RAPID CITY, S.D, (KEVN) - Rapid City Police say a cold case is finally solved after 51 years because of DNA genealogy.
60-year-old Gwen Miller was raped and strangled to death in 1968. (KEVN).
Detective Wayne Keefe identified Eugene Fields as the man who raped and strangled Gwen Miller to death in 1968.
After using the DNA profile created by the state forensic lab, Forensic Genealogist Dr. Colleen Fitzpatrick eventually narrowed down the suspect's name to being Field or Fields.
Keefe eventually located Eugene Fields only brother who provided a DNA sample with a mouth swab to help compare the DNA in the semen collected on Miller's body.
Fitzpatrick determined the Y chromosome as a match showing it was Eugene Fields.
"I can't believe this is actually happening I did actually come up with a person because as I said on my slide there, I've worked on probably at least 25 other suspects and clearing them. Many of them I thought were very good suspects," Detective Wayne Keefe said.
Keefe said Miller loved to take trips and flew out of the Rapid City Regional Airport regularly. Keefe found out Eugene Fields was a ticket agent at the airport and at one point even rented a room in the house next door to Miller.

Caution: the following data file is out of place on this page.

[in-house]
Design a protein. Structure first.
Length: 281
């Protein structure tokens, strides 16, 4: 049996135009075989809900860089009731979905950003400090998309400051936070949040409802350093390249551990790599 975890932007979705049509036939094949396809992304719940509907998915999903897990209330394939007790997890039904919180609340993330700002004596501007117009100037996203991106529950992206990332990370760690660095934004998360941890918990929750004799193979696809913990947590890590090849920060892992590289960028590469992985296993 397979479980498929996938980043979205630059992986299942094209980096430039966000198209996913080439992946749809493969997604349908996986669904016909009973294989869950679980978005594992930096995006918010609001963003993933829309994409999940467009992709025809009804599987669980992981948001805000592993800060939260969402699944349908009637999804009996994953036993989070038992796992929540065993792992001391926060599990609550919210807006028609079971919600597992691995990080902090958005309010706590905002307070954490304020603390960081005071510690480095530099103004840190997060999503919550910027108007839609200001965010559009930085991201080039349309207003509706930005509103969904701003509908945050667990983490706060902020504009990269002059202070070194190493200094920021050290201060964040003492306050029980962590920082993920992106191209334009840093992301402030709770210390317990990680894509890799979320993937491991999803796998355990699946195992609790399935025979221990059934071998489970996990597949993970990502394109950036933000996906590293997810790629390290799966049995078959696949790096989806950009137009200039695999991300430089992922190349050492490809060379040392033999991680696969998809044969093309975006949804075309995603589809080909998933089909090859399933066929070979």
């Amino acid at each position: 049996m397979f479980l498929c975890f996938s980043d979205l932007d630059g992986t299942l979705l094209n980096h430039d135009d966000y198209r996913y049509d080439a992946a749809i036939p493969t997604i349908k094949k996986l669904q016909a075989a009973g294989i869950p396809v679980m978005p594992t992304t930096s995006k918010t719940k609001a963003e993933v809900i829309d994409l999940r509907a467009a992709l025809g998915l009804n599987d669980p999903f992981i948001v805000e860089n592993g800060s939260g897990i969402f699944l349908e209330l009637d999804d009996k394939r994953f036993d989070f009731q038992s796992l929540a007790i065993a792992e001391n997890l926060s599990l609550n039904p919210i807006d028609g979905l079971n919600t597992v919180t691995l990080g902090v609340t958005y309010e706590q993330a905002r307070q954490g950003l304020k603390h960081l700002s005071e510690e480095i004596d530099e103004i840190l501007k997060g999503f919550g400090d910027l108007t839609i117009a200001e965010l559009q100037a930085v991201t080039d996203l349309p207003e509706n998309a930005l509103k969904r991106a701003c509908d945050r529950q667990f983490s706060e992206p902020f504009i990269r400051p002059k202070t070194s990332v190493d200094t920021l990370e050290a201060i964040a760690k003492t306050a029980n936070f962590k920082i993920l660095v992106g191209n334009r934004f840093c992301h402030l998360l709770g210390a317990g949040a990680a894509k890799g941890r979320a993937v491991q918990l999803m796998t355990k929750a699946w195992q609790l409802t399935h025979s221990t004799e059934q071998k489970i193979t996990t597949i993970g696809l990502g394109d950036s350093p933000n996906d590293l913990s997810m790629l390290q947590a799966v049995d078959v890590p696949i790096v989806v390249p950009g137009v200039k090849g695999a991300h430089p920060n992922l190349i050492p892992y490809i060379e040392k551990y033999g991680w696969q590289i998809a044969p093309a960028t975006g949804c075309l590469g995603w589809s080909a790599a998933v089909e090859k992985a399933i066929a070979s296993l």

Fields cannot be charged since he died in 2009 from a cancerous tumor in his throat.
Kay Miller-Temple said though they will never know why he did it, it is reassuring to now know a who.
"That's the part that makes me cry because it changes everything. I don't think I can answer that. I mean it was a horrendous crime. I was in the fifth grade when she died. I was not told. I was not told," Miller-Temple said.
Kay Miller-Temple was just five years old when she lost Gwen Miller and didn't find out what really happened till she was 28.
But Miller-Temple having DNA genealogy in this day and age not only helps law enforcement help solve other cold cases but gives other families hope in gaining closure.